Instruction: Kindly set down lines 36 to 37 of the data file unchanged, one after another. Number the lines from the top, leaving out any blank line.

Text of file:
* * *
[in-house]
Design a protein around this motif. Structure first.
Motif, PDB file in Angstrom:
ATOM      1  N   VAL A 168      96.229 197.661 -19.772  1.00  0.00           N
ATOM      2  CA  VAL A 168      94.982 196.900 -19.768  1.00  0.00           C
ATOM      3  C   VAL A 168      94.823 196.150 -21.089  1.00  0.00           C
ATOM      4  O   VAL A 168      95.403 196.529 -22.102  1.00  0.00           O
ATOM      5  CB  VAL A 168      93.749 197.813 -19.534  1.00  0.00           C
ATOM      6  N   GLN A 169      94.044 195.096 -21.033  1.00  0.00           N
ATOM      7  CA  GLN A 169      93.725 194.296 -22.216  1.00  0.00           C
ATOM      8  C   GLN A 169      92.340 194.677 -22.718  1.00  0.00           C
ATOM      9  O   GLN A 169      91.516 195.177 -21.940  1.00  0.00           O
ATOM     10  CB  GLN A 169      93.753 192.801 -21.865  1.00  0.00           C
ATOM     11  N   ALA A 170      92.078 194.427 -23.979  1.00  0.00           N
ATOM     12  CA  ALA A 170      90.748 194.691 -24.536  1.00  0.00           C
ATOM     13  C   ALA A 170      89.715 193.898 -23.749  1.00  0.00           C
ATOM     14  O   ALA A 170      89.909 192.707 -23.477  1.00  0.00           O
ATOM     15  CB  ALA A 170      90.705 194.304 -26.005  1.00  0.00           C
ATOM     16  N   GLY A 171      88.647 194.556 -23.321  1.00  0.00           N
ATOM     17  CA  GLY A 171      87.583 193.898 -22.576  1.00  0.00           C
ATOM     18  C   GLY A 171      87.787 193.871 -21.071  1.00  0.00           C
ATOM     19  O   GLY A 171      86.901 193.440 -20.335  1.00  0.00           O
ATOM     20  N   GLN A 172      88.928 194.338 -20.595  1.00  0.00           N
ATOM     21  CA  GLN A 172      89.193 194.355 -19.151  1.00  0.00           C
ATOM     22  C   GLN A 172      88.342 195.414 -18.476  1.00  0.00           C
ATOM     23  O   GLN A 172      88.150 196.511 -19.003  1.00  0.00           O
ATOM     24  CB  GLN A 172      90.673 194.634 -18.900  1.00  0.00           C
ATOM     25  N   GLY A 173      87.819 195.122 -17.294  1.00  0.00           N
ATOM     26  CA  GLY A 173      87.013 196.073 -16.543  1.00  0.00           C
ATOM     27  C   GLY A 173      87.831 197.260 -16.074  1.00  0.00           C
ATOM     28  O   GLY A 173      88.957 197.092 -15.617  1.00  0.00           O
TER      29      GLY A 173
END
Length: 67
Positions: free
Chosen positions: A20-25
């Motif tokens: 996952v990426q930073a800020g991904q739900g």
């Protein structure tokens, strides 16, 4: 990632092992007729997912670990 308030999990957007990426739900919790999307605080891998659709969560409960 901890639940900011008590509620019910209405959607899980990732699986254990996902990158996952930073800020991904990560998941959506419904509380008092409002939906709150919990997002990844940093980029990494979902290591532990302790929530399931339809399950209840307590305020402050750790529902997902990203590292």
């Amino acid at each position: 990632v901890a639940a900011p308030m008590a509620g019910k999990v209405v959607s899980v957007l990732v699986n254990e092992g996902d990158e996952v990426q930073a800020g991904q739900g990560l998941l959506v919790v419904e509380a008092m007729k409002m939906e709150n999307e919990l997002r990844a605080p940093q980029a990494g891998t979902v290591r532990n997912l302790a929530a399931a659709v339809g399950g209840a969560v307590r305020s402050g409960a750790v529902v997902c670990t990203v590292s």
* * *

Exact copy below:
Chosen positions: A20-25
């Motif tokens: 996952v990426q930073a800020g991904q739900g």